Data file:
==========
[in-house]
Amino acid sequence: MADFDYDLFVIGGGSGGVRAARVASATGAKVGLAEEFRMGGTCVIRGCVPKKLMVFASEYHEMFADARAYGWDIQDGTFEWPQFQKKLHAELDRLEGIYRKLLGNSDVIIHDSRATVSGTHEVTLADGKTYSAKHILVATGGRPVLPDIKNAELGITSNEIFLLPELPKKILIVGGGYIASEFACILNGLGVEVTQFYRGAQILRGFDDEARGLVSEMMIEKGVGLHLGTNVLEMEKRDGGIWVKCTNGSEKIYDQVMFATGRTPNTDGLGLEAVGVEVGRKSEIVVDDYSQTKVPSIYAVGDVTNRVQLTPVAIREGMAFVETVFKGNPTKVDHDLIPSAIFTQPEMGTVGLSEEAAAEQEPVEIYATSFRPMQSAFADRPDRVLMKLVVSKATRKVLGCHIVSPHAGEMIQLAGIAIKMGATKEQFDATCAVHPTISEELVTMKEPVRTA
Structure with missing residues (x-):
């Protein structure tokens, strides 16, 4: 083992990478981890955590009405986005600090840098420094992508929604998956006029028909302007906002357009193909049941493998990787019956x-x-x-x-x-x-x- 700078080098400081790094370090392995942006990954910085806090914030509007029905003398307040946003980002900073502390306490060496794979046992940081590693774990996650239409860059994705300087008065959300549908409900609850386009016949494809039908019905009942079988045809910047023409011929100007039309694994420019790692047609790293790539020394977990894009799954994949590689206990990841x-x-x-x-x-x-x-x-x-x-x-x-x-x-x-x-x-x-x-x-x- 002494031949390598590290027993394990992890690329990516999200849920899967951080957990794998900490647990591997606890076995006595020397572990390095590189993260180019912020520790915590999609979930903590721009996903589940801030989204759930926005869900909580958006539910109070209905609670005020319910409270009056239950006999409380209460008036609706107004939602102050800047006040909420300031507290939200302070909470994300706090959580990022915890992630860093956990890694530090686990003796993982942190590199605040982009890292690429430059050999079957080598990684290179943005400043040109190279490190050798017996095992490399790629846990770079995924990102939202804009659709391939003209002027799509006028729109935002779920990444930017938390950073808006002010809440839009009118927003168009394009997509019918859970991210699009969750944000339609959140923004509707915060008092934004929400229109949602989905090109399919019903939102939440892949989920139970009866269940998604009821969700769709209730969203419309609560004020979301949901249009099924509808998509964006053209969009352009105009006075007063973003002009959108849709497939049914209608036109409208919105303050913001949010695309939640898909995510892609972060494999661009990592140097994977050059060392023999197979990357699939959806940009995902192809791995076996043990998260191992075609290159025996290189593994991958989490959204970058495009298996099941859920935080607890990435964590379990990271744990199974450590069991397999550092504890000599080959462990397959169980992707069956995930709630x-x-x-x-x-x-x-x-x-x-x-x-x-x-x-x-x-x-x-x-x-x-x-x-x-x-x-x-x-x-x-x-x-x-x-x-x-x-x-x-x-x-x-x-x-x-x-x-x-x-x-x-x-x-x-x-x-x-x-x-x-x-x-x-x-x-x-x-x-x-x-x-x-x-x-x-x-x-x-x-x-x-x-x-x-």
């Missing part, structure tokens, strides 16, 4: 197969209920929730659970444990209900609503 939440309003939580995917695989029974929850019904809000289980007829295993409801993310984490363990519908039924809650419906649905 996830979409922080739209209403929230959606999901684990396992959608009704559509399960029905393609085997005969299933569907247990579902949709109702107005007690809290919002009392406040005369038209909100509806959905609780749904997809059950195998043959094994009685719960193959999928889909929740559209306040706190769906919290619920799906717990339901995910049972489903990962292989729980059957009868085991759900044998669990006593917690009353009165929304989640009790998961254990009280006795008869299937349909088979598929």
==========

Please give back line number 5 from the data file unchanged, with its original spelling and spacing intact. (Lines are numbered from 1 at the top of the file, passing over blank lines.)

């Missing part, structure tokens, strides 16, 4: 197969209920929730659970444990209900609503 939440309003939580995917695989029974929850019904809000289980007829295993409801993310984490363990519908039924809650419906649905 996830979409922080739209209403929230959606999901684990396992959608009704559509399960029905393609085997005969299933569907247990579902949709109702107005007690809290919002009392406040005369038209909100509806959905609780749904997809059950195998043959094994009685719960193959999928889909929740559209306040706190769906919290619920799906717990339901995910049972489903990962292989729980059957009868085991759900044998669990006593917690009353009165929304989640009790998961254990009280006795008869299937349909088979598929």